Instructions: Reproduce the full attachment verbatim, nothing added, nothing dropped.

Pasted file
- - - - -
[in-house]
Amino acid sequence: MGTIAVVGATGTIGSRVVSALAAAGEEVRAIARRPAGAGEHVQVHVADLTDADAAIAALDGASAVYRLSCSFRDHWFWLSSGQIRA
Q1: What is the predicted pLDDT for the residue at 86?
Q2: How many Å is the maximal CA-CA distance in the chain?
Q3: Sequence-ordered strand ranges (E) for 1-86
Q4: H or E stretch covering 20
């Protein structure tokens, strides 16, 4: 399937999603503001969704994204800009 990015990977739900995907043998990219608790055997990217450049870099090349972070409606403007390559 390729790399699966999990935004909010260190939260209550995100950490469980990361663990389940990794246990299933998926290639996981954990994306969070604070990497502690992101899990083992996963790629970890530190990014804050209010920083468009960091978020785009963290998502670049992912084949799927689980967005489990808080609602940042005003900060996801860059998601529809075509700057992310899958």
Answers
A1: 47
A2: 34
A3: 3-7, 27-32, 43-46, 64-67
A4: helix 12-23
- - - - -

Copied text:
[in-house]
Amino acid sequence: MGTIAVVGATGTIGSRVVSALAAAGEEVRAIARRPAGAGEHVQVHVADLTDADAAIAALDGASAVYRLSCSFRDHWFWLSSGQIRA
Q1: What is the predicted pLDDT for the residue at 86?
Q2: How many Å is the maximal CA-CA distance in the chain?
Q3: Sequence-ordered strand ranges (E) for 1-86
Q4: H or E stretch covering 20
């Protein structure tokens, strides 16, 4: 399937999603503001969704994204800009 990015990977739900995907043998990219608790055997990217450049870099090349972070409606403007390559 390729790399699966999990935004909010260190939260209550995100950490469980990361663990389940990794246990299933998926290639996981954990994306969070604070990497502690992101899990083992996963790629970890530190990014804050209010920083468009960091978020785009963290998502670049992912084949799927689980967005489990808080609602940042005003900060996801860059998601529809075509700057992310899958």
Answers
A1: 47
A2: 34
A3: 3-7, 27-32, 43-46, 64-67
A4: helix 12-23